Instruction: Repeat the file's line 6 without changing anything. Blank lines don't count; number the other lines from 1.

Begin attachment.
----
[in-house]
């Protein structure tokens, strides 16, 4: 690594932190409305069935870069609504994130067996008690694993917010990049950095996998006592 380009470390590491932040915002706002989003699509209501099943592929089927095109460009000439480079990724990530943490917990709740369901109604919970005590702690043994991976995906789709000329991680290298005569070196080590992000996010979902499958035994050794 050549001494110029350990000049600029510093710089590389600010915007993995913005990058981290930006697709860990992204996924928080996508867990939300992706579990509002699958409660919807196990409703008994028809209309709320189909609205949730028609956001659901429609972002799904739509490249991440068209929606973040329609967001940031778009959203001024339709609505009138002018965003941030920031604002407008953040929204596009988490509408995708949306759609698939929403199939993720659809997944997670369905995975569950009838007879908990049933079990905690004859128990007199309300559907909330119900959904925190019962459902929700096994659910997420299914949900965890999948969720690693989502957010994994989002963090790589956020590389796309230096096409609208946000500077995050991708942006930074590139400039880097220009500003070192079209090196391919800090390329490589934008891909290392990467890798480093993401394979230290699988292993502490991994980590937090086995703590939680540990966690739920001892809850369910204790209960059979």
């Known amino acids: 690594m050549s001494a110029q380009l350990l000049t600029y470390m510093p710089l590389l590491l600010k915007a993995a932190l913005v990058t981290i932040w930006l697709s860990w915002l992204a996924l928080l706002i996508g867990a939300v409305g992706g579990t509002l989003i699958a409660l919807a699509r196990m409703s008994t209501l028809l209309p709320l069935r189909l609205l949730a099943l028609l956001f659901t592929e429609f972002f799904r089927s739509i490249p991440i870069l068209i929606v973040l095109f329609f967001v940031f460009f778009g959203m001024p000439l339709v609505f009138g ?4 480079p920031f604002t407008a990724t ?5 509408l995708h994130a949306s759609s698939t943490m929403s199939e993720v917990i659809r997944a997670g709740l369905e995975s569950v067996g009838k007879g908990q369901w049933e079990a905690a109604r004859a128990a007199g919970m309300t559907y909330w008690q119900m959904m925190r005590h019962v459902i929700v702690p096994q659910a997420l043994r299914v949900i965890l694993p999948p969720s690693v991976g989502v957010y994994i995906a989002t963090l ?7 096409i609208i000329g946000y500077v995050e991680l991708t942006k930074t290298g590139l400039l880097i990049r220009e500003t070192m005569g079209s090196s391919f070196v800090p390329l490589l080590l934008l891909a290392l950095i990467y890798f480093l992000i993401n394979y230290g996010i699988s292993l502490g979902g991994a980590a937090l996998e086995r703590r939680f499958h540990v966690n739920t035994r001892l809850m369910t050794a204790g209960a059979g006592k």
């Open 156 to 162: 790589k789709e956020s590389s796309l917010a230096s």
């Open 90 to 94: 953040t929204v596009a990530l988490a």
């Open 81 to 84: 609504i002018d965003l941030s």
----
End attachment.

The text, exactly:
């Open 81 to 84: 609504i002018d965003l941030s």